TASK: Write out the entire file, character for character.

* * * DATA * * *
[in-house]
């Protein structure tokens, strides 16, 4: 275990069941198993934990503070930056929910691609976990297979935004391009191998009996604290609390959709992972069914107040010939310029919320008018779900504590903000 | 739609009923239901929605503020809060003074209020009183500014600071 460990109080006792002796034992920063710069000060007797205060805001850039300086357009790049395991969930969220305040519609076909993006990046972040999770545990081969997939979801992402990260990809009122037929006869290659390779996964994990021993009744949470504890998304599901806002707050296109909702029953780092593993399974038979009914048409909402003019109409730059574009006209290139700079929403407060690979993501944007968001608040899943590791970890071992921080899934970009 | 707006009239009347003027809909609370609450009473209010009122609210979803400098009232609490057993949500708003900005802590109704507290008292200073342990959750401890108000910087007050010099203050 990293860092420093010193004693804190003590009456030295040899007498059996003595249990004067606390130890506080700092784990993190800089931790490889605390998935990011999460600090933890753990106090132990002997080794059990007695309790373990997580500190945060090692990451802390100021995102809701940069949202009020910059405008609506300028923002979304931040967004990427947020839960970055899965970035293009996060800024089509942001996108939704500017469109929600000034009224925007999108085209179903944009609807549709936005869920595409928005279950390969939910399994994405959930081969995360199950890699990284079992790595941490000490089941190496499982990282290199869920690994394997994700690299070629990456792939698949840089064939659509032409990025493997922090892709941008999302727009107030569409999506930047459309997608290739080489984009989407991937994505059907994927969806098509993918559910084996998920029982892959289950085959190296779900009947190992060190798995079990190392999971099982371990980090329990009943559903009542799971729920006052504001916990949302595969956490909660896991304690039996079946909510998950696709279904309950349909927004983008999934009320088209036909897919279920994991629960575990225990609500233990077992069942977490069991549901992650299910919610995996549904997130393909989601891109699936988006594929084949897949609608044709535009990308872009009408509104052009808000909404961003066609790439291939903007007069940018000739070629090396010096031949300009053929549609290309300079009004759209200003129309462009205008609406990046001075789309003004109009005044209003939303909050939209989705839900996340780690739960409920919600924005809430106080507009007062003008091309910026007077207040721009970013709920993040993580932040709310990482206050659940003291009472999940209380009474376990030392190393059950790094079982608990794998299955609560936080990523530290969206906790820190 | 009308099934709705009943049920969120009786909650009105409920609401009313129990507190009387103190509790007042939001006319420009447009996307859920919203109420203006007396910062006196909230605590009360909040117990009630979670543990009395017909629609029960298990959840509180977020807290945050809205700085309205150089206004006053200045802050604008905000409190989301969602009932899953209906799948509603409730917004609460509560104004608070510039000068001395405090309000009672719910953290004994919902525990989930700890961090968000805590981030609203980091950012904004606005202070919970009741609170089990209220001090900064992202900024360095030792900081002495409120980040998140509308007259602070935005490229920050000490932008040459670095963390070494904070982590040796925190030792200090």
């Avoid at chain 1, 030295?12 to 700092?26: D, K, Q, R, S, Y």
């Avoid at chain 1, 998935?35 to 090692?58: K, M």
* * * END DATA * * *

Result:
[in-house]
């Protein structure tokens, strides 16, 4: 275990069941198993934990503070930056929910691609976990297979935004391009191998009996604290609390959709992972069914107040010939310029919320008018779900504590903000 | 739609009923239901929605503020809060003074209020009183500014600071 460990109080006792002796034992920063710069000060007797205060805001850039300086357009790049395991969930969220305040519609076909993006990046972040999770545990081969997939979801992402990260990809009122037929006869290659390779996964994990021993009744949470504890998304599901806002707050296109909702029953780092593993399974038979009914048409909402003019109409730059574009006209290139700079929403407060690979993501944007968001608040899943590791970890071992921080899934970009 | 707006009239009347003027809909609370609450009473209010009122609210979803400098009232609490057993949500708003900005802590109704507290008292200073342990959750401890108000910087007050010099203050 990293860092420093010193004693804190003590009456030295040899007498059996003595249990004067606390130890506080700092784990993190800089931790490889605390998935990011999460600090933890753990106090132990002997080794059990007695309790373990997580500190945060090692990451802390100021995102809701940069949202009020910059405008609506300028923002979304931040967004990427947020839960970055899965970035293009996060800024089509942001996108939704500017469109929600000034009224925007999108085209179903944009609807549709936005869920595409928005279950390969939910399994994405959930081969995360199950890699990284079992790595941490000490089941190496499982990282290199869920690994394997994700690299070629990456792939698949840089064939659509032409990025493997922090892709941008999302727009107030569409999506930047459309997608290739080489984009989407991937994505059907994927969806098509993918559910084996998920029982892959289950085959190296779900009947190992060190798995079990190392999971099982371990980090329990009943559903009542799971729920006052504001916990949302595969956490909660896991304690039996079946909510998950696709279904309950349909927004983008999934009320088209036909897919279920994991629960575990225990609500233990077992069942977490069991549901992650299910919610995996549904997130393909989601891109699936988006594929084949897949609608044709535009990308872009009408509104052009808000909404961003066609790439291939903007007069940018000739070629090396010096031949300009053929549609290309300079009004759209200003129309462009205008609406990046001075789309003004109009005044209003939303909050939209989705839900996340780690739960409920919600924005809430106080507009007062003008091309910026007077207040721009970013709920993040993580932040709310990482206050659940003291009472999940209380009474376990030392190393059950790094079982608990794998299955609560936080990523530290969206906790820190 | 009308099934709705009943049920969120009786909650009105409920609401009313129990507190009387103190509790007042939001006319420009447009996307859920919203109420203006007396910062006196909230605590009360909040117990009630979670543990009395017909629609029960298990959840509180977020807290945050809205700085309205150089206004006053200045802050604008905000409190989301969602009932899953209906799948509603409730917004609460509560104004608070510039000068001395405090309000009672719910953290004994919902525990989930700890961090968000805590981030609203980091950012904004606005202070919970009741609170089990209220001090900064992202900024360095030792900081002495409120980040998140509308007259602070935005490229920050000490932008040459670095963390070494904070982590040796925190030792200090």
């Avoid at chain 1, 030295?12 to 700092?26: D, K, Q, R, S, Y």
């Avoid at chain 1, 998935?35 to 090692?58: K, M």